Indonesia health officials blame India’s first Delta version for a massive wave of COVID-19s, which has tripled the number of new cases a day in recent weeks, but some infectious disease experts say the real causes are closer to home. :
“The spread of this virus is very fast,” Health Minister Budi Gunadi Sadikin told an online seminar on Sunday, adding that he had acquired the virus in Indonesia through his ports.
“Because many seaports in Indonesia carry goods, many come from India, they go there,” he said.
But experts who interviewed Al aze Azira say Delta version was not the primary issue.
They say that the wave is the result of the last trip of Ramadan. When many people ignored the ban on visiting their hometown, the lack of a unified health policy, combined with confusing messages, the privatization of test regimes “ineffective”. ,
Although travel at ferry terminals was restricted at local airports from April 22 to May 24, the government estimates that between five and six million people were evacuated during the holiday season between Indonesia’s two most populous cities, Java and Sumatra.
“All versions of COVID are worrisome, but the Delta version has not been shown to be more deadly,” said Gusti Ngura Mahardika, a professor at Udayana University and Bali’s oldest virologist. “It only gets a silver medal. The champion in Indonesia is still the Alpha version. “I think the Delta version is being used as a scapegoat because of the government’s inability to control the epidemic.”
Focus on the economy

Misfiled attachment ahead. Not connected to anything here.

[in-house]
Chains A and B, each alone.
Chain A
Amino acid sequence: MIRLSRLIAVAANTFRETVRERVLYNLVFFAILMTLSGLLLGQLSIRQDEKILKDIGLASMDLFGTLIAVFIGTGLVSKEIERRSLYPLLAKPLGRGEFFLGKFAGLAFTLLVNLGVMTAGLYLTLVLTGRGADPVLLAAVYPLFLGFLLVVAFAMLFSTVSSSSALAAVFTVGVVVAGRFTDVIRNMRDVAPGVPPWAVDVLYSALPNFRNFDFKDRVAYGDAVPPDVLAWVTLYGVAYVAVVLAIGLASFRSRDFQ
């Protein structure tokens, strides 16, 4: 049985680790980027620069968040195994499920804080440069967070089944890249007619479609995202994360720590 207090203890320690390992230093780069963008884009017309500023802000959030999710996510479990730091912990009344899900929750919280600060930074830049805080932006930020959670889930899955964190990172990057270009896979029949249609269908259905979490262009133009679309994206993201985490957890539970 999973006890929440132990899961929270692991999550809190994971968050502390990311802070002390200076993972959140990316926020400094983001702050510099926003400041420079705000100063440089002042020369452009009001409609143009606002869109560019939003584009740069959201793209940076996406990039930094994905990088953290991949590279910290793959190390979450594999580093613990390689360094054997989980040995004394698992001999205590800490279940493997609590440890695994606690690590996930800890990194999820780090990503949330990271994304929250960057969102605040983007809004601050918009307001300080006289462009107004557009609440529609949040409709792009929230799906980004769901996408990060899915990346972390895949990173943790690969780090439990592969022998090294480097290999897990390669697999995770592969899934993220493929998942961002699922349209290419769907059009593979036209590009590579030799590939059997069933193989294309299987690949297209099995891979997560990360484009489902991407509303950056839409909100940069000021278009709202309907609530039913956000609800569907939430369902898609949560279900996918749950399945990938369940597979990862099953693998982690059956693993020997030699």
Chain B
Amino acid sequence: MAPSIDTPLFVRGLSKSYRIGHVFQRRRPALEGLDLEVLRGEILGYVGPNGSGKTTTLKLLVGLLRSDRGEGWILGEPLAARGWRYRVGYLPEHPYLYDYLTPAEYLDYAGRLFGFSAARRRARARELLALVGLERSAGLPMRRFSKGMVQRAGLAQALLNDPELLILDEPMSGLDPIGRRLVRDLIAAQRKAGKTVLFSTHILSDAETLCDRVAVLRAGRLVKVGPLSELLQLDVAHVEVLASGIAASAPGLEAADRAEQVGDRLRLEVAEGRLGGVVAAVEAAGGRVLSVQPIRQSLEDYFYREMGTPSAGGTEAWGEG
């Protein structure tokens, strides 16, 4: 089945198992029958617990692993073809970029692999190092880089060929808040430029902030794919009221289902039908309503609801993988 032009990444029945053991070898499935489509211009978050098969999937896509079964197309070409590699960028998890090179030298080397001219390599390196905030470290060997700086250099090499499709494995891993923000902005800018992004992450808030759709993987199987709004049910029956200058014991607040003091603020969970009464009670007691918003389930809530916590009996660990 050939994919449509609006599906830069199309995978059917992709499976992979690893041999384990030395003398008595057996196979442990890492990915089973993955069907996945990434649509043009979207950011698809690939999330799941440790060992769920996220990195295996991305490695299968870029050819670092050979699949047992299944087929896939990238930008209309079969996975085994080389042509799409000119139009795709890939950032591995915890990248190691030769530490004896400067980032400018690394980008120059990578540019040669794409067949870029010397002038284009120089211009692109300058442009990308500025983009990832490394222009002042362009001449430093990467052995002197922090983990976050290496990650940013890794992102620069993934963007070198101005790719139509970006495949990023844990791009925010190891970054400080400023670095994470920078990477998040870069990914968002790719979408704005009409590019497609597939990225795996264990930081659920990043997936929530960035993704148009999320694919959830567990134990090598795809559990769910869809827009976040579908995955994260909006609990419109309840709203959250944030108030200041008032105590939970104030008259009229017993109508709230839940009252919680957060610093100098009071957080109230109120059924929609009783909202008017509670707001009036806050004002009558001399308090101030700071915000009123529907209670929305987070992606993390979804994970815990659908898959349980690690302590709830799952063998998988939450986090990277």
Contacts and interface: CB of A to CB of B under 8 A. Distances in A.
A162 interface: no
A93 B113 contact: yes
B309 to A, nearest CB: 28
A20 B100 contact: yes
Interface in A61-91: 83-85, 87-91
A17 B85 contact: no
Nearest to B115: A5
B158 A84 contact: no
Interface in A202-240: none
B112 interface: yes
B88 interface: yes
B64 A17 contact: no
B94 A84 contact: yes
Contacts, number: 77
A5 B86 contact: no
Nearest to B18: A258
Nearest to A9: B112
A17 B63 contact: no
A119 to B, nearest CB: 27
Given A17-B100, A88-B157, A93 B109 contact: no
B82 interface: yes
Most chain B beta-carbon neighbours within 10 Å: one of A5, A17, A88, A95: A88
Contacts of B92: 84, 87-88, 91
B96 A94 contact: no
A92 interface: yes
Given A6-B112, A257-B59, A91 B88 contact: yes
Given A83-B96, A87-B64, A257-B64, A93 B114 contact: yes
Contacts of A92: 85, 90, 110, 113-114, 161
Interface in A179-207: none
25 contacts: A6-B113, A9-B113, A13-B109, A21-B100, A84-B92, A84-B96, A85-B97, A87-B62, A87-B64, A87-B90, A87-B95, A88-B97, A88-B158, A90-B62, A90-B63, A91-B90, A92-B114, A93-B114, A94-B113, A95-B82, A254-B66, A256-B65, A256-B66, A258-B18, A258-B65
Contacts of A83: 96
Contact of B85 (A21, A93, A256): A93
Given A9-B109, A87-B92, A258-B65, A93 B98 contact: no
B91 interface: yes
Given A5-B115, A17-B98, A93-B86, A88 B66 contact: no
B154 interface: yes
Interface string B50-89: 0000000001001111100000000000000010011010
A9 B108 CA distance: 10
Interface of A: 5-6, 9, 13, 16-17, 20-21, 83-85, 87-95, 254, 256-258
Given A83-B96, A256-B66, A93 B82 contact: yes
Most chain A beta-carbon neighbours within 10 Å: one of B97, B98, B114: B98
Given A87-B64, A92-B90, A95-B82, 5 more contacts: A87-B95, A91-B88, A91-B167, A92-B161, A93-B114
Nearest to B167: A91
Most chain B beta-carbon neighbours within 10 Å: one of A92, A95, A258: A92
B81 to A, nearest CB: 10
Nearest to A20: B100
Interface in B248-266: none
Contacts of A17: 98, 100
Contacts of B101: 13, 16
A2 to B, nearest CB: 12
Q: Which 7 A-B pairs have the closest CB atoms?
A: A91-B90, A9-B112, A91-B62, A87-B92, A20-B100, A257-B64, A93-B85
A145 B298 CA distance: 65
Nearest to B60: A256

Health officials reported 12,624 cases on Thursday, the highest daily increase since February, bringing Indonesia’s total to nearly two million.
Mahardika says it is almost impossible to pinpoint the cause of the wave, as the level of infection is “so low” that health data in Indonesia “cannot be referenced”, but he cited a number of possible causes.
“Travelers played a role during Ramadan, there is no question about that,” he said. “But we are an unorganized country, the main focus is on the economy, people feel EXACTLY exhausted, tired. In the capital (Bali), where I live in Denpasar, cafes and restaurants are full every night. ”
Ahmad Utomo, an akarta-based molecular biological consultant specializing in the diagnosis of lung infections, agreed that the Delta version is being used to promote an atmosphere of mismanagement of the epidemic.
“I absolutely agree with that. “Whatever the case, human activity is needed to reproduce it,” he said. “Indonesia is doing a good job of tracing the genome, which they know is the Delta version here.
“But the Delta version,” Utomo explained, “looks like a sports car.” It can go very fast. “But even a sports car can only go as fast as you give way. You have to use human mobility to slow it down.”
Utomo said too many people are not complying with health protocols, travel bans, and the government is making it worse by not being able to invest in testing and tracking.
“When people want to travel to Indonesia by ferry or plane, they have to pay for the test, so a huge industry has been born to demand,” he said. “But there is no money to trace, so it is simply ignored.”
“It will be very bad”
Dr. Dickie Budiman, an epidemiologist who has helped shape the Indonesian Ministry of Health’s epidemic management strategy for 20 years, says that although the Delta version is more contagious than the Alpha version, it is driving the current outbreak.
“Currently the distribution of the Delta version is very small, while the Alpha version is distributed by members of the community who did not comply with the travel ban,” he told Al Jazeera. “I agree that the Delta version is used as a scapegoat. “We have had an epidemic for more than a year, but the government has proved unable to control COVID-19.”